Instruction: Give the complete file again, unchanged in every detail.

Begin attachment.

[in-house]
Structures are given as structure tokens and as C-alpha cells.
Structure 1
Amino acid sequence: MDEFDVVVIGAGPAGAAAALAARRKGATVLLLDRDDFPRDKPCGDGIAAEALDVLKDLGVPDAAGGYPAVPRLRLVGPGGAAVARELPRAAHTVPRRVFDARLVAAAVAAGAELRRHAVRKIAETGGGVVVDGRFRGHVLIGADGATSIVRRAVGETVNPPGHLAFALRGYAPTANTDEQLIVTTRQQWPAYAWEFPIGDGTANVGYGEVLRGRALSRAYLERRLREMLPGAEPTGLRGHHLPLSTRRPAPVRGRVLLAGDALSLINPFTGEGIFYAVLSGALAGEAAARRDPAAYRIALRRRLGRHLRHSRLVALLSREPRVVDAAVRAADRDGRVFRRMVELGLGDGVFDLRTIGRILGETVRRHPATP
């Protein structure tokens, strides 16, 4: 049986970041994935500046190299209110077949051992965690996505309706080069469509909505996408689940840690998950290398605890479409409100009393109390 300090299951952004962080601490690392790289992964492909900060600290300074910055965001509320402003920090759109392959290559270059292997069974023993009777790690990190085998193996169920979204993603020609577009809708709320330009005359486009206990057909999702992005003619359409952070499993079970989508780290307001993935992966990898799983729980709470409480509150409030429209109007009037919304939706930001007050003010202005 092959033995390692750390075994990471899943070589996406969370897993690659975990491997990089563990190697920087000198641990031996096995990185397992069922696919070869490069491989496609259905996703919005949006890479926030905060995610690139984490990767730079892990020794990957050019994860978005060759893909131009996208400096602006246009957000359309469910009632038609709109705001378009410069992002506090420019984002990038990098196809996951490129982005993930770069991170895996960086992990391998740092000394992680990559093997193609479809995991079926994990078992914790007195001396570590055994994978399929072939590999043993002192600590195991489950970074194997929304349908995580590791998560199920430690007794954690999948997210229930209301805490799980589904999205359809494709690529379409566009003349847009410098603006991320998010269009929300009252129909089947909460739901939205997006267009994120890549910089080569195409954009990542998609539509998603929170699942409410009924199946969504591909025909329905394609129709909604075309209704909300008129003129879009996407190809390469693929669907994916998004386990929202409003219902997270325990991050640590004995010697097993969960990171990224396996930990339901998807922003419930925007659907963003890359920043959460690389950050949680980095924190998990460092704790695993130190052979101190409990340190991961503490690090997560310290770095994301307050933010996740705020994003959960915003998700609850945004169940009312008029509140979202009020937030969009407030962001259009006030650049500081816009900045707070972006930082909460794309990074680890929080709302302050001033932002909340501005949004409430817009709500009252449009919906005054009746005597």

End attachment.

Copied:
[in-house]
Structures are given as structure tokens and as C-alpha cells.
Structure 1
Amino acid sequence: MDEFDVVVIGAGPAGAAAALAARRKGATVLLLDRDDFPRDKPCGDGIAAEALDVLKDLGVPDAAGGYPAVPRLRLVGPGGAAVARELPRAAHTVPRRVFDARLVAAAVAAGAELRRHAVRKIAETGGGVVVDGRFRGHVLIGADGATSIVRRAVGETVNPPGHLAFALRGYAPTANTDEQLIVTTRQQWPAYAWEFPIGDGTANVGYGEVLRGRALSRAYLERRLREMLPGAEPTGLRGHHLPLSTRRPAPVRGRVLLAGDALSLINPFTGEGIFYAVLSGALAGEAAARRDPAAYRIALRRRLGRHLRHSRLVALLSREPRVVDAAVRAADRDGRVFRRMVELGLGDGVFDLRTIGRILGETVRRHPATP
């Protein structure tokens, strides 16, 4: 049986970041994935500046190299209110077949051992965690996505309706080069469509909505996408689940840690998950290398605890479409409100009393109390 300090299951952004962080601490690392790289992964492909900060600290300074910055965001509320402003920090759109392959290559270059292997069974023993009777790690990190085998193996169920979204993603020609577009809708709320330009005359486009206990057909999702992005003619359409952070499993079970989508780290307001993935992966990898799983729980709470409480509150409030429209109007009037919304939706930001007050003010202005 092959033995390692750390075994990471899943070589996406969370897993690659975990491997990089563990190697920087000198641990031996096995990185397992069922696919070869490069491989496609259905996703919005949006890479926030905060995610690139984490990767730079892990020794990957050019994860978005060759893909131009996208400096602006246009957000359309469910009632038609709109705001378009410069992002506090420019984002990038990098196809996951490129982005993930770069991170895996960086992990391998740092000394992680990559093997193609479809995991079926994990078992914790007195001396570590055994994978399929072939590999043993002192600590195991489950970074194997929304349908995580590791998560199920430690007794954690999948997210229930209301805490799980589904999205359809494709690529379409566009003349847009410098603006991320998010269009929300009252129909089947909460739901939205997006267009994120890549910089080569195409954009990542998609539509998603929170699942409410009924199946969504591909025909329905394609129709909604075309209704909300008129003129879009996407190809390469693929669907994916998004386990929202409003219902997270325990991050640590004995010697097993969960990171990224396996930990339901998807922003419930925007659907963003890359920043959460690389950050949680980095924190998990460092704790695993130190052979101190409990340190991961503490690090997560310290770095994301307050933010996740705020994003959960915003998700609850945004169940009312008029509140979202009020937030969009407030962001259009006030650049500081816009900045707070972006930082909460794309990074680890929080709302302050001033932002909340501005949004409430817009709500009252449009919906005054009746005597």